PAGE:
Specific applications for mobile platforms were launched in February 2011.These were initially for i OS and Android devices, where the launch would have the biggest impact.
i Player services delivered to UK based viewers feature no commercial advertising; non-UK users receive adverts.
The terms BBC i Player, i Player, and BBC Media Player refer to various methods for viewing or listening to the same content.
The feature was added to the search function and the channels function.
When users click on a programme by another broadcaster, they are redirected to the relevant broadcaster's catch up service (either the ITV Hub, All 4 or My5).
This feature started being rolled out on 13 September 2008, and allowed viewers to watch previous programmes from selected series until the series has ended, with a limit of up to thirteen weeks after first broadcast.
Not all programmes will form part of the stack, however.
They will measure the BBC's progress on this every six months and publish the findings.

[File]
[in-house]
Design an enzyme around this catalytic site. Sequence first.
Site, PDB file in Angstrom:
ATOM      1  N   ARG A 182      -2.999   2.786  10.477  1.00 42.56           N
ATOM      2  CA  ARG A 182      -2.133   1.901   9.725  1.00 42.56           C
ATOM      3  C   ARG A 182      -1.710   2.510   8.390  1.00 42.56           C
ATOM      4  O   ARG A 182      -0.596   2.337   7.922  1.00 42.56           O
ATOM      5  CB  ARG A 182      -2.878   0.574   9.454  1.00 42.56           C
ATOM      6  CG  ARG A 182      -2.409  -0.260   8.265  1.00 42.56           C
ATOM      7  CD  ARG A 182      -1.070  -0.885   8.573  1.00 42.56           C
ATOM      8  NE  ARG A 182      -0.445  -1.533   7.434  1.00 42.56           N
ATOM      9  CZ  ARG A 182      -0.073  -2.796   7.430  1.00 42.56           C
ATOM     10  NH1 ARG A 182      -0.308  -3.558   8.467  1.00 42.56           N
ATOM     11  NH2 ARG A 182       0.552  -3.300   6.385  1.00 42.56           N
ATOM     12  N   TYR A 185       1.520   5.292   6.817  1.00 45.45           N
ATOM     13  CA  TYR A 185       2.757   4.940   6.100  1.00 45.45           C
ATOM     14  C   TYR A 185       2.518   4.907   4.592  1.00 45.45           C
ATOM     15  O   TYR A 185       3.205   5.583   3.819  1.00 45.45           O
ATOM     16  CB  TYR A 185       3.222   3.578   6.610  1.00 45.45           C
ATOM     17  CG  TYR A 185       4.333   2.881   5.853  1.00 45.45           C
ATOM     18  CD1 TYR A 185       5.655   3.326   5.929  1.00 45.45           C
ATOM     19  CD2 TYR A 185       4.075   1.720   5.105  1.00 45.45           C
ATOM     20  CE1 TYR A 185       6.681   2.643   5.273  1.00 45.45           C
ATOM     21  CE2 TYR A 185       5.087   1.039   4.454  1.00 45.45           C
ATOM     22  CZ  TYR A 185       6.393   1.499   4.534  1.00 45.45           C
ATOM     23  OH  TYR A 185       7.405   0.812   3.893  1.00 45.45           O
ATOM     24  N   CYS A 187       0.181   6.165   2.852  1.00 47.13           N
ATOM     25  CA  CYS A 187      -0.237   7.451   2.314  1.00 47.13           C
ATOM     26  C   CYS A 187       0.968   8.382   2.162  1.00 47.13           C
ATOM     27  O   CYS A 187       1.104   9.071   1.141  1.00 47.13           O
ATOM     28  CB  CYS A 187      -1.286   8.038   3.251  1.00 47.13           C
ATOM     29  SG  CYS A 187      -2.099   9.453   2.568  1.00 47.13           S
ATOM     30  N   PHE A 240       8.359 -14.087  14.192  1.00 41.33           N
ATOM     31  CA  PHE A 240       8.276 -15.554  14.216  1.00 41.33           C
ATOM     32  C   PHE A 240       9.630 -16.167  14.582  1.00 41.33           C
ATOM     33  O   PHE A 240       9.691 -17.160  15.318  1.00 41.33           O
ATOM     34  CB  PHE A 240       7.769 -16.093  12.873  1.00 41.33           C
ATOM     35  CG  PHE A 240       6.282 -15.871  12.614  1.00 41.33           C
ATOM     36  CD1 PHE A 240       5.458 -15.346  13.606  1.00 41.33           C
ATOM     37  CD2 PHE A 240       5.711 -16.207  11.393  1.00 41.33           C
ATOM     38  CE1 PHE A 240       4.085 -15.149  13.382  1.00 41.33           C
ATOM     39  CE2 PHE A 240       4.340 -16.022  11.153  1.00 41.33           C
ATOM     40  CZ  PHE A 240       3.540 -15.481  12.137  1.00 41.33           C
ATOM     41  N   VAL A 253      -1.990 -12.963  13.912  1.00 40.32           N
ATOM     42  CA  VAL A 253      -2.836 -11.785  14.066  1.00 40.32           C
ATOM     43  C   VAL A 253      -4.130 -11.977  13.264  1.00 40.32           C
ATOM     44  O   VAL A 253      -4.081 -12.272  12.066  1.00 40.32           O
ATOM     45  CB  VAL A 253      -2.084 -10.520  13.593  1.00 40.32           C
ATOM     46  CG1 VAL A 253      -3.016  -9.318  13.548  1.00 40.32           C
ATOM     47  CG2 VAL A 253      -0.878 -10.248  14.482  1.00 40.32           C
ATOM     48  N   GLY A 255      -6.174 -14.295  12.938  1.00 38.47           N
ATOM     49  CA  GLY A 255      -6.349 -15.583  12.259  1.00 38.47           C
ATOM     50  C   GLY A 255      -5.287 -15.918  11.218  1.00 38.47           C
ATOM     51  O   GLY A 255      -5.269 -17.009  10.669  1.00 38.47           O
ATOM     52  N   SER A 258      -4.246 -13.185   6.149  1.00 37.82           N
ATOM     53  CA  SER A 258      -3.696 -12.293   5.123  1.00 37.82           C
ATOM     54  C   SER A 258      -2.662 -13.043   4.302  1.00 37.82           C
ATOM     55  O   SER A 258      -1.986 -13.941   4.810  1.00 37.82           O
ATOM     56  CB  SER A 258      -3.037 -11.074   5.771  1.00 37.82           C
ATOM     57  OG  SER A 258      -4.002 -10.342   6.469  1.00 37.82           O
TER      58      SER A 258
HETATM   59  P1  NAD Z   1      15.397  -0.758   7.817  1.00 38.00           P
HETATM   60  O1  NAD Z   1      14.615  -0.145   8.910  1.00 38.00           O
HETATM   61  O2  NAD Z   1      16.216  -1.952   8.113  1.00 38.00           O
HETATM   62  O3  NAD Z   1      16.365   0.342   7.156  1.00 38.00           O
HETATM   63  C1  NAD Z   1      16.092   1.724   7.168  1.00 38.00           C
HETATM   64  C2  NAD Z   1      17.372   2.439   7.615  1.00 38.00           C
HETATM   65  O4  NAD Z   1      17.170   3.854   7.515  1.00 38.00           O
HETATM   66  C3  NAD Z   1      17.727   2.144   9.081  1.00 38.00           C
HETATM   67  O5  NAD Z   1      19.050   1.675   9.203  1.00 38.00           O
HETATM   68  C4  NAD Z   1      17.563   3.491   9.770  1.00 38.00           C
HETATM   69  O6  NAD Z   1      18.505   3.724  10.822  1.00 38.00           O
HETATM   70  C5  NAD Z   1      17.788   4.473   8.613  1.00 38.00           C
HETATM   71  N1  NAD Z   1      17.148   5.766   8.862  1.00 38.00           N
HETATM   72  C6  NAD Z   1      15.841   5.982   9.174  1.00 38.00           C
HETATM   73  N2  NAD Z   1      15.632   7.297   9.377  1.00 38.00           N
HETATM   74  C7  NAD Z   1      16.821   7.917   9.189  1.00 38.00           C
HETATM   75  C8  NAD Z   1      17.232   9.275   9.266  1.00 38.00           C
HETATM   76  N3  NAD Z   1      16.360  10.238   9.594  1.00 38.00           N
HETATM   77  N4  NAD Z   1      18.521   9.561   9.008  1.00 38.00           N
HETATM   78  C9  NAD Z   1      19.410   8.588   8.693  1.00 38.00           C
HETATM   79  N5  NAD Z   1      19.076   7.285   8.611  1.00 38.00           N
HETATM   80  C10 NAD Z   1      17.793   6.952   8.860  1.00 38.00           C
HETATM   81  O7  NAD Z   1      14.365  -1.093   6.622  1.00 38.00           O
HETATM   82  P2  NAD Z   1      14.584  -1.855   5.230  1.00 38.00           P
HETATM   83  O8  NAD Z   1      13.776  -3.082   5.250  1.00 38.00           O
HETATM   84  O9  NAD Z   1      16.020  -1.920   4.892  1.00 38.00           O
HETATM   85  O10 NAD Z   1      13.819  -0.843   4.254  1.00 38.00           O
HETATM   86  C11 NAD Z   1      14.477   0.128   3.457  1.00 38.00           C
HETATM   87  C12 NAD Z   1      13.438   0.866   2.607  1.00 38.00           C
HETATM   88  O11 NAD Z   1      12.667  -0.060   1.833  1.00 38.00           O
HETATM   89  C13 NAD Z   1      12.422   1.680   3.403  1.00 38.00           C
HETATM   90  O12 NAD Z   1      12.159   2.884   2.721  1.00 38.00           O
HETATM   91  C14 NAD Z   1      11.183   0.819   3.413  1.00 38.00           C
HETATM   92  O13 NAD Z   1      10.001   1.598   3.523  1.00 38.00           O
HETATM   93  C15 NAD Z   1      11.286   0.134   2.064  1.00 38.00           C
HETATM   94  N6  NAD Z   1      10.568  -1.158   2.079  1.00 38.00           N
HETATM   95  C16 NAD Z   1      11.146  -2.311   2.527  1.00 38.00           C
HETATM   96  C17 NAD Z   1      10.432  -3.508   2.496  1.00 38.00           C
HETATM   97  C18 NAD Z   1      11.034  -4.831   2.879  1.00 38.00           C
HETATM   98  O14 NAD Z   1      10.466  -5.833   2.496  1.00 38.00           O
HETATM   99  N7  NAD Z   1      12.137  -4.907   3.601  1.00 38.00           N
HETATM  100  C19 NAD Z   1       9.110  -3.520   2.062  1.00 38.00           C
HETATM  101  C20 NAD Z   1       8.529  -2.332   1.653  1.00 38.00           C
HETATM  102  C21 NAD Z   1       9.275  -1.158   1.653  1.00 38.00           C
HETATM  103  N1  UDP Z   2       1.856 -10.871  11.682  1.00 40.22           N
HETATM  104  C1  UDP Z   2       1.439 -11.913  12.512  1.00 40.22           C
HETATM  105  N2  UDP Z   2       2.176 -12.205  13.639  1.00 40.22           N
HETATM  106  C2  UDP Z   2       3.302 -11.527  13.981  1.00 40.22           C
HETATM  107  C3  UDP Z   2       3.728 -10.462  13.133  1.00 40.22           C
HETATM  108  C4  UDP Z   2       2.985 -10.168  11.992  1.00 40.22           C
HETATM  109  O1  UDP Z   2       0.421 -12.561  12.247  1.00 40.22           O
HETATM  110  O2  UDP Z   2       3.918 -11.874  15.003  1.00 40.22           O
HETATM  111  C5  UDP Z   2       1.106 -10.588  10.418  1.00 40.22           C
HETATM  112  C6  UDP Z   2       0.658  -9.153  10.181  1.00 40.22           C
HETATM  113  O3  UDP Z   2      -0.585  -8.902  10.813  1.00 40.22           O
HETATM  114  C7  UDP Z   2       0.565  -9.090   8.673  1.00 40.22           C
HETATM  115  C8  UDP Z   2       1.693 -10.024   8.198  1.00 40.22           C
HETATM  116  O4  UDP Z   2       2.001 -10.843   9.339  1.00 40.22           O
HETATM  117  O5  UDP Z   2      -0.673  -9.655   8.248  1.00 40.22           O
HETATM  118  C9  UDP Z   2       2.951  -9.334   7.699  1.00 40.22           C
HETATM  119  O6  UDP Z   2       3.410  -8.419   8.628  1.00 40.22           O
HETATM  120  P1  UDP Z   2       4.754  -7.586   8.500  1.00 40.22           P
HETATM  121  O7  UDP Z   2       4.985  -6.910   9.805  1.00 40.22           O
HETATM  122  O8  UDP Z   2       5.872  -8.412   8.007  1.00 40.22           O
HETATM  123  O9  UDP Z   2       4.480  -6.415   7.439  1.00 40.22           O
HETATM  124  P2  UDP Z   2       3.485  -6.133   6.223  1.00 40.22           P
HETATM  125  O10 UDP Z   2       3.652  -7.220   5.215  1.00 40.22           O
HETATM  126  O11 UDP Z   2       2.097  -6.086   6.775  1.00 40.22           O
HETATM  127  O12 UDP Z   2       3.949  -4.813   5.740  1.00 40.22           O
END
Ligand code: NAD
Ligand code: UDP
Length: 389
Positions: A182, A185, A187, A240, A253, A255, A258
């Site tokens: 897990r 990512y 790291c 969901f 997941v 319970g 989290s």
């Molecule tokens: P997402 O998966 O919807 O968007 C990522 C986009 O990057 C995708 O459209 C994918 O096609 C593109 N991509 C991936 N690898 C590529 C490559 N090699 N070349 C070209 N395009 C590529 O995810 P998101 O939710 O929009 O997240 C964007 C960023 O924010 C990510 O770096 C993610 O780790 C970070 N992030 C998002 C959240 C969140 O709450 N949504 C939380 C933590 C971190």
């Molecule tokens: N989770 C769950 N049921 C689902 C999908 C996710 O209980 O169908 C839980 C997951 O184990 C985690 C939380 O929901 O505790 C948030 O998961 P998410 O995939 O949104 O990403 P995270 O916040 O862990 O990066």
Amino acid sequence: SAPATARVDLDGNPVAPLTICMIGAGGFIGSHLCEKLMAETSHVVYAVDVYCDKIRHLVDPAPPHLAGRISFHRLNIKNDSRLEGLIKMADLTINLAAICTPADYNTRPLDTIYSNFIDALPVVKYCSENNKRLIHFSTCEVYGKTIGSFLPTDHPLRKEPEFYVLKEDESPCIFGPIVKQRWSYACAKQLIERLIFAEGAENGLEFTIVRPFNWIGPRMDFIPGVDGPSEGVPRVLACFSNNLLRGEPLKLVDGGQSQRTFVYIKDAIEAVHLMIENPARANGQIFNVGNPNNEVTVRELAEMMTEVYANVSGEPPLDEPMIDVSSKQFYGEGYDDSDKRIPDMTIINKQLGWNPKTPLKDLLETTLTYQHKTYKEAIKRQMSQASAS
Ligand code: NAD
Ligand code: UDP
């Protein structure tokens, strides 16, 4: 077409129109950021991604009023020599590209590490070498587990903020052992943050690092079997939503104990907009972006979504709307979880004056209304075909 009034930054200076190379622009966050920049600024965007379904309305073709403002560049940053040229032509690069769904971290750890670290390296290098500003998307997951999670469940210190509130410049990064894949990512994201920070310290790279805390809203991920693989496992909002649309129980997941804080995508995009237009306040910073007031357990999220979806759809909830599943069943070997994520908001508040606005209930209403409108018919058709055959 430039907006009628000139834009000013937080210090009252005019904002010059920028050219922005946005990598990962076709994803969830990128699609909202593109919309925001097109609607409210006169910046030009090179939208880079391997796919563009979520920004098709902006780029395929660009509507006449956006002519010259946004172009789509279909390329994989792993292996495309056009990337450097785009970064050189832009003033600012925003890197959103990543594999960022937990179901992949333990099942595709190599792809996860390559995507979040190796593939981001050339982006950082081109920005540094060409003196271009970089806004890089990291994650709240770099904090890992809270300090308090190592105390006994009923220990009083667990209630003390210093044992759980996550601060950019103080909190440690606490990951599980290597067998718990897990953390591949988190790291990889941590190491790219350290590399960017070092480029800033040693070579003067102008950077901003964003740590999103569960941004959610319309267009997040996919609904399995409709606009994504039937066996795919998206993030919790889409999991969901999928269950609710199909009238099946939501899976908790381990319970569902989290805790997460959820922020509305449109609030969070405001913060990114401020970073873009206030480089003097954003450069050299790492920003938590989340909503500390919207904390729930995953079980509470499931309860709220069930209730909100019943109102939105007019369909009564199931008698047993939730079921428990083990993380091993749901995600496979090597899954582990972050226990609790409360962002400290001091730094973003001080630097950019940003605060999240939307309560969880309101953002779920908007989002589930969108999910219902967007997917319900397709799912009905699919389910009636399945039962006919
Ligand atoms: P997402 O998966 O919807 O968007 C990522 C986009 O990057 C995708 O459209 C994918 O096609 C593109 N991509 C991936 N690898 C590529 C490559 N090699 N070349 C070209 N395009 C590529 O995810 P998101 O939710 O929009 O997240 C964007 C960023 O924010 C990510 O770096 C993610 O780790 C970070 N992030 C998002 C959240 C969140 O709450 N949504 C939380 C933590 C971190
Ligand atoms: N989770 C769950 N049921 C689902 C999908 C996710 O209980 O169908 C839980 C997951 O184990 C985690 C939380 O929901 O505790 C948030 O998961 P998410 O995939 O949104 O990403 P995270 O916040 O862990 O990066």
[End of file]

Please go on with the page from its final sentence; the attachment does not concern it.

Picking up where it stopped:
On 16 October 2007, the BBC announced a strategic relationship with Adobe, that would bring a limited, streaming-only version of the i Player to Mac and Linux users, and Windows users who cannot or do not wish to use the i Player download service, such as Windows 9x users.
BBC i Player is an internet streaming, catchup, television and radio service from the BBC.
The service is available on a wide range of devices, including mobile phones and tablets, personal computers, and smart televisions.
The open beta incorporated a media player, an electronic programme guide (EPG) and specially designed download client, and allowed the download of BBC Television content by computers assigned to a United Kingdom-based IP address, for use up to thirty days after broadcast.